It all used to be so easy when it came to your marketing.
Sit down during a quiet patch, work out how much you could throw at it for the year, call in your various experts and voila – your annual marketing was done.
Easy, convenient and at the time, cost-effective.
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And then along came all this new fangled computer stuff.
All of a sudden we had to stop investing in the tried and true and instead throw it at techniques we’d never even heard of, let alone understood.
New, weird kids on the block
Instead of column centimetres and spot colour it was pay per click, search engine optimisation and something called bounce rate.
No wonder so many business operators put it in the too hard basket.
But this was the new way. If you didn’t do it, you wouldn’t be found on Google and your business would be sucked into a digital vortex.
And there was no shortage of people wanting to assist you. From your nephew to a subcontinental SEO guru to the former Yellow Pages rep.
In many cases, the time poor and overwhelmed smaller business operator played marketing spin the bottle to determine who to try out on this brave new marketing world.
The problem, as it has always been, is that different marketing techniques work for different businesses.
The new marketing mix
For some, a presence on Google would be the be all and end all, just like Yellow Pages was for many not that long ago. For others, a campaign on television or radio would provide them with all the leads they need. For others still, some less prominent techniques like sponsorship or trade displays.
So businesses still require the magical ‘marketing mix’ to get to their markets. It’s just that now, the mix was more diverse than ever.
And your all-important ‘call to action’ was not that mainstay of the past century, your phone number, but your website and its address.
As this diagram indicates, what was already a wide range of options for your marketing dollar became a virtual smorgasbord.
And this introduced a new dilemma – co-ordinating your disparate marketing requirements.
Big help for big players
Larger business had advertising agencies and marketing managers to ensure that all of the different parts of the pie worked together.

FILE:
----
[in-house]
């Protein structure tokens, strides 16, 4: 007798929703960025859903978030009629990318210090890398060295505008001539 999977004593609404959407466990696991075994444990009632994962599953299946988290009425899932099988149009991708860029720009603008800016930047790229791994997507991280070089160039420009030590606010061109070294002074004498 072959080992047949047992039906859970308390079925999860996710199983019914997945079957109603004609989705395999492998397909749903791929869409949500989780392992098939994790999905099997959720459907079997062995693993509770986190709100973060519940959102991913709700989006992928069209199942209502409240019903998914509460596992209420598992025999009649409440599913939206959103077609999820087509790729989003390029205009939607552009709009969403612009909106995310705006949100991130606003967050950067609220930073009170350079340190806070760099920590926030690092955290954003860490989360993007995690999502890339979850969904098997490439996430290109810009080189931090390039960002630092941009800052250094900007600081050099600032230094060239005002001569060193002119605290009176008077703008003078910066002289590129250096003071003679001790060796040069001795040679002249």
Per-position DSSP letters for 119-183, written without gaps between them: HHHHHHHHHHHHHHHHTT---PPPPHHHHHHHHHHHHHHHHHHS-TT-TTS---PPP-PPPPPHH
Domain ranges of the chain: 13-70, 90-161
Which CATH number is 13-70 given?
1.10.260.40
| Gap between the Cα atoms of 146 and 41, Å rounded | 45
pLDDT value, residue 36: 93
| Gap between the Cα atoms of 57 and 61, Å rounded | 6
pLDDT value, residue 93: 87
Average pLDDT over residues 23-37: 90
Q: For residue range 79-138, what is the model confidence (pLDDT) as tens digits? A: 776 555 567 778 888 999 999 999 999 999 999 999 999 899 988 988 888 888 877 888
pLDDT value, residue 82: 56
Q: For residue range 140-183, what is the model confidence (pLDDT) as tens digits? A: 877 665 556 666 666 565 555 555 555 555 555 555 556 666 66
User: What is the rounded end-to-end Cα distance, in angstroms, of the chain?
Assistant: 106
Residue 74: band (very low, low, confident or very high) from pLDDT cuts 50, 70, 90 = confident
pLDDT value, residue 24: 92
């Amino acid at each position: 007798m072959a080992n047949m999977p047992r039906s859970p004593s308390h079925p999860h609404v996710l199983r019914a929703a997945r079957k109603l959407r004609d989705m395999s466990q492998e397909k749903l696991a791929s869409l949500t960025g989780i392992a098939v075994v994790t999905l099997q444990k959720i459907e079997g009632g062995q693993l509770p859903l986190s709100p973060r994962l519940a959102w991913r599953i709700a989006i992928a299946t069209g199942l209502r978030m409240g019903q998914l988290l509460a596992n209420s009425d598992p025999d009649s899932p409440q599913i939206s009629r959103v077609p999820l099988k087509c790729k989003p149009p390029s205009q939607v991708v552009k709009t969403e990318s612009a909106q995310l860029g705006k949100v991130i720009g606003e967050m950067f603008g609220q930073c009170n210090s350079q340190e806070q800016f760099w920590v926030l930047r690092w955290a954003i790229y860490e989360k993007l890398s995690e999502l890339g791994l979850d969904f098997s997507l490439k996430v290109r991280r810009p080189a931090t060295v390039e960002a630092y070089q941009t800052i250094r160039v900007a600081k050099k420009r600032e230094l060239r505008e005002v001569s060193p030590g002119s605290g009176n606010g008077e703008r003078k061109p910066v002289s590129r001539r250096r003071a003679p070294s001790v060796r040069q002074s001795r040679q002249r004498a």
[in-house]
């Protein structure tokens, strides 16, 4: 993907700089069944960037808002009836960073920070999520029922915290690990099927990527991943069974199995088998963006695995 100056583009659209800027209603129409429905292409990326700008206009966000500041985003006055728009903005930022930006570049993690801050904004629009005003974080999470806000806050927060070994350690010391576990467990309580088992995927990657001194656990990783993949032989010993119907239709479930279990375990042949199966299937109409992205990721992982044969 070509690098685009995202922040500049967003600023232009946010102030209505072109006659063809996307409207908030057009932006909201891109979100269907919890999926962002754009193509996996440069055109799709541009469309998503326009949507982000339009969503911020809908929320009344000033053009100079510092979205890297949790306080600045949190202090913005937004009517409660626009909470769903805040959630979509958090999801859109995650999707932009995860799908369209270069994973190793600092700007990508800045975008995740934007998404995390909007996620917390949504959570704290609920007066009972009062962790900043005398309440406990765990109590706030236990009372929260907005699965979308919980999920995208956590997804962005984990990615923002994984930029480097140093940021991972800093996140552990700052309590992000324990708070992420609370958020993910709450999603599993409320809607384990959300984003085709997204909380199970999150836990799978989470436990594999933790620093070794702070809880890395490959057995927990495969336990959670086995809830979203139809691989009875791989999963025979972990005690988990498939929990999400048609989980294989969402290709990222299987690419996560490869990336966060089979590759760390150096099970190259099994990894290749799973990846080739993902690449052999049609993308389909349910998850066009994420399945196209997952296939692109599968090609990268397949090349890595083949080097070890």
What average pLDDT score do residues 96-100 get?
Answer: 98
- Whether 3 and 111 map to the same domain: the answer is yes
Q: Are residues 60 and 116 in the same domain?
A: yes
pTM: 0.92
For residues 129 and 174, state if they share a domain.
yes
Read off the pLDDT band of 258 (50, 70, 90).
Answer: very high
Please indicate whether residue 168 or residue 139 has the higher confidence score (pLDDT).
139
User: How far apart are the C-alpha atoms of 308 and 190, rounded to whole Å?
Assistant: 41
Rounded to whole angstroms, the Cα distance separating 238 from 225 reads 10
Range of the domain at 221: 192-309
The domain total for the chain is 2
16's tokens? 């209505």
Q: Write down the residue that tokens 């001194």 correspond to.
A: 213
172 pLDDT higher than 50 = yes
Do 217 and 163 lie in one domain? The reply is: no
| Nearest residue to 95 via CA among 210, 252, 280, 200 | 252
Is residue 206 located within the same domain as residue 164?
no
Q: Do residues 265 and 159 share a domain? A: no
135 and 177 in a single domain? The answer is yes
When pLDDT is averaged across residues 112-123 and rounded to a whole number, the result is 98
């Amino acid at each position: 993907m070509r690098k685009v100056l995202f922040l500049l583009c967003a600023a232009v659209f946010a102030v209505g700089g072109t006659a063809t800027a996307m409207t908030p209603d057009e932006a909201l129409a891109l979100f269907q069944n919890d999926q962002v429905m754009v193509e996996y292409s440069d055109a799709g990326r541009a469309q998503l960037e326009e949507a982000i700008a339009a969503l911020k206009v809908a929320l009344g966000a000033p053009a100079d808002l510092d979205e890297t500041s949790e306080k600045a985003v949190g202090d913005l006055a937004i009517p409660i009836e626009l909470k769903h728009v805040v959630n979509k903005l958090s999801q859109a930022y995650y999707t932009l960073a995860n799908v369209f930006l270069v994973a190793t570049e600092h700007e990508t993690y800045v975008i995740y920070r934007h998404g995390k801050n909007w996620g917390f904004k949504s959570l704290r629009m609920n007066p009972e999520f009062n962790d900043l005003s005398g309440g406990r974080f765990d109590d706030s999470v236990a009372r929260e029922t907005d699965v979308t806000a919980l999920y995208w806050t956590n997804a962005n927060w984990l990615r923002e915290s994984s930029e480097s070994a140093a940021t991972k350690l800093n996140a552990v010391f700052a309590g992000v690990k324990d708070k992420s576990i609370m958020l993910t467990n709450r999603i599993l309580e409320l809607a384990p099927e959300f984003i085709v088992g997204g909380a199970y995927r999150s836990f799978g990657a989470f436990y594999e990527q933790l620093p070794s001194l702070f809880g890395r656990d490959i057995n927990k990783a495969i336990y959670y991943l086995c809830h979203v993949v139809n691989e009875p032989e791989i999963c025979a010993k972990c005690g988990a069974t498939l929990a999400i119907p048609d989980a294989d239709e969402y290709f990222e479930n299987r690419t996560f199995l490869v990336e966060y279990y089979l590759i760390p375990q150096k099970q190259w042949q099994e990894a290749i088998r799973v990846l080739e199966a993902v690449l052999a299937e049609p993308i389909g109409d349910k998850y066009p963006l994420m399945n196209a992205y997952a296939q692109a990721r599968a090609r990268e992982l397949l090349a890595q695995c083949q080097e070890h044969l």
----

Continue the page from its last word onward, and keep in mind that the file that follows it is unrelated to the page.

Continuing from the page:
That the radio promotion would be co-ordinated with the website and on the eNewsletter. That the promotional message was consistent whether it appeared on billboards, magazine ads or transit ads.
In other words, your marketing mix was co-ordinated to ensure that each component would leverage another to create a compelling call to action.
Without this, there was not only the danger of fragmenting the communication and losing your audience, but that too much was spent on a single technique and mishitting your market altogether.
The problem for smaller business is that this marketing and/or advertising expertise doesn’t come cheap.
Agencies wont ‘get out of bed’ for less than several thousand dollars and the reality is that many smaller businesses just don’t have that kind of coin at their disposal.
What often results out of this conundrum is that the already time poor smaller business operator is forced to deal with a number of disparate providers, all of whom want to extract the most dollars from them and keeping their fingers crossed that between them, they wont do too much damage to your brand in the process.
And that you might actually get some good new business leads.
Integration the key
But now more than ever, it’s important that someone with some expertise across all of these promotional tactics is pulling all the elements together.
Again using the diagram above as an illustration, if there is too much emphasis on any one area, your marketing mix can become unbalanced, and your new business leads will simply slide off to a competitor.
What’s more, the time you spend co-ordinating different providers will eat away at any income that ensues from this uncoordinated approach.
So instead of trying to juggle a number of conflicted providers, try and identify a provider who will impartially pull all of your marketing requirements together to provide a single co-ordinated and cost-effective marketing solution.
It will be time and money very well spent.
In addition to being a leading eBusiness educator to the smaller business sector, Craig Reardon is the founder and director of independent web services firm The E Team which was established to address the special website and web marketing needs of SMEs in Melbourne and beyond.